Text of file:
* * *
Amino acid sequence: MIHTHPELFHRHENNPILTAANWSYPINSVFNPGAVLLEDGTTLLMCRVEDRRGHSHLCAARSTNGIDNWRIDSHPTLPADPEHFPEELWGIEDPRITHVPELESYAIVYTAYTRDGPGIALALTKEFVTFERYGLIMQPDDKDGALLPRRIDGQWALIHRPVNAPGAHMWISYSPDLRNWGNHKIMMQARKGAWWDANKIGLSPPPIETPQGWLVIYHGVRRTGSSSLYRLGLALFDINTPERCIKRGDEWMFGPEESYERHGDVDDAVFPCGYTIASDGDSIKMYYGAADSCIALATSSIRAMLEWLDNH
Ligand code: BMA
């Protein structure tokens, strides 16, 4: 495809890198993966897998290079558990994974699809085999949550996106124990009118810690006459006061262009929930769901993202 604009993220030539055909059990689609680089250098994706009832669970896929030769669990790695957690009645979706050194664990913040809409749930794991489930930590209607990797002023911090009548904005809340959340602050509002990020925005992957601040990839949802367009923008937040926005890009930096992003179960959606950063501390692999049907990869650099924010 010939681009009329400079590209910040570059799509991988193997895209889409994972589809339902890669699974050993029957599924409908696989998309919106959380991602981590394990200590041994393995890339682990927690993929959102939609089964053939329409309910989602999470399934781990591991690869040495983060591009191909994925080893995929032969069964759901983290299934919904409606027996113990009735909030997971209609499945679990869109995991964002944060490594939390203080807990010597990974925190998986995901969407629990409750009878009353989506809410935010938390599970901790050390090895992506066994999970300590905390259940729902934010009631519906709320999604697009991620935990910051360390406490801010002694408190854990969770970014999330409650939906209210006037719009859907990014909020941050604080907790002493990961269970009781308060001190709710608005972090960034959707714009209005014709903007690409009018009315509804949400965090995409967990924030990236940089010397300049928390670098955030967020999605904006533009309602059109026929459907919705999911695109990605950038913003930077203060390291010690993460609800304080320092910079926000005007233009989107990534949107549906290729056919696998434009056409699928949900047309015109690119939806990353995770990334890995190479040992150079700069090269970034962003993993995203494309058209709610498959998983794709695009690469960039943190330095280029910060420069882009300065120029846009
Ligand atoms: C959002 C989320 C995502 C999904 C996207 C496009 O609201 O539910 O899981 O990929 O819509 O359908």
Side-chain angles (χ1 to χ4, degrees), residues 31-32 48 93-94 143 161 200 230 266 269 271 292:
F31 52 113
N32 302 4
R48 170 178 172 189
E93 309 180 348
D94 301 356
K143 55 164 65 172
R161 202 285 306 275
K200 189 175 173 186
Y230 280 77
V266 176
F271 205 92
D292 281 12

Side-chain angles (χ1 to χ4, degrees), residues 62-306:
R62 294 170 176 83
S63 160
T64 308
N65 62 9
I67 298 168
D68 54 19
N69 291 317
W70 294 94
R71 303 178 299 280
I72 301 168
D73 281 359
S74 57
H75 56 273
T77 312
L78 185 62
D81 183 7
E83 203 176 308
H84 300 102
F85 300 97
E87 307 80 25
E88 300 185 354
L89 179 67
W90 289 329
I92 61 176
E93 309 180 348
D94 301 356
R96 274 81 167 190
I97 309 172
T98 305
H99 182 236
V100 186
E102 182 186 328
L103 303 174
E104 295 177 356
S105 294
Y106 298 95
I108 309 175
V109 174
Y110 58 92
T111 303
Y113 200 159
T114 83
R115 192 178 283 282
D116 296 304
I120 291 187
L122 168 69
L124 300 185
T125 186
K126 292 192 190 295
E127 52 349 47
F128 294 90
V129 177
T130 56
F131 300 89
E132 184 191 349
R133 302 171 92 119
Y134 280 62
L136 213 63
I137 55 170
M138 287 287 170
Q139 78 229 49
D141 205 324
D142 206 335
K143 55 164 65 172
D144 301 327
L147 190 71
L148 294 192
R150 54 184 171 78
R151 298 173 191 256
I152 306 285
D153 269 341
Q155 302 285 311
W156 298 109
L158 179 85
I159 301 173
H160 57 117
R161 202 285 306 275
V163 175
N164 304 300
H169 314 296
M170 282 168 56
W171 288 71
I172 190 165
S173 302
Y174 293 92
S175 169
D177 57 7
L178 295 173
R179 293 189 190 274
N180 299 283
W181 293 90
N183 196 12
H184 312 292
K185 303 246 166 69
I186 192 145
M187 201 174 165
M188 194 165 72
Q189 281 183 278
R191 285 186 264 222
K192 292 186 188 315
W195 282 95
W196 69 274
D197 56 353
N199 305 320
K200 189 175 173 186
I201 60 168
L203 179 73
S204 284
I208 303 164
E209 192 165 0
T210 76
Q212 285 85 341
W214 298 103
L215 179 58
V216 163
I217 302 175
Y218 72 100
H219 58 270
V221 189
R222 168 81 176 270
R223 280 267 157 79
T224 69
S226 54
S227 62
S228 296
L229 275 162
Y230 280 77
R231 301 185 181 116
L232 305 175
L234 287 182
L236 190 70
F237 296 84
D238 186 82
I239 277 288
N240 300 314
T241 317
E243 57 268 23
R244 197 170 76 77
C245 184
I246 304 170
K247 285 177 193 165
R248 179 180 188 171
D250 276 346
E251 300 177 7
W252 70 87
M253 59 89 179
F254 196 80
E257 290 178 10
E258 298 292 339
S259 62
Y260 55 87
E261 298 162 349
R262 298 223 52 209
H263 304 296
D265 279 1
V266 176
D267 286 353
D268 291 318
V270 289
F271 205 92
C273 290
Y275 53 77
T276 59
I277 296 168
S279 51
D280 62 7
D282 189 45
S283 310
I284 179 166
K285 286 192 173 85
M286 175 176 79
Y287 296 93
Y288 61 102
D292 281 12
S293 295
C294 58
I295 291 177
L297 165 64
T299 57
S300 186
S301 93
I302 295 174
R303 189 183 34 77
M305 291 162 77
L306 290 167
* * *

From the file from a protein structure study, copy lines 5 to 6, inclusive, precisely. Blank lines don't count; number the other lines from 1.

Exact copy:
Side-chain angles (χ1 to χ4, degrees), residues 31-32 48 93-94 143 161 200 230 266 269 271 292:
F31 52 113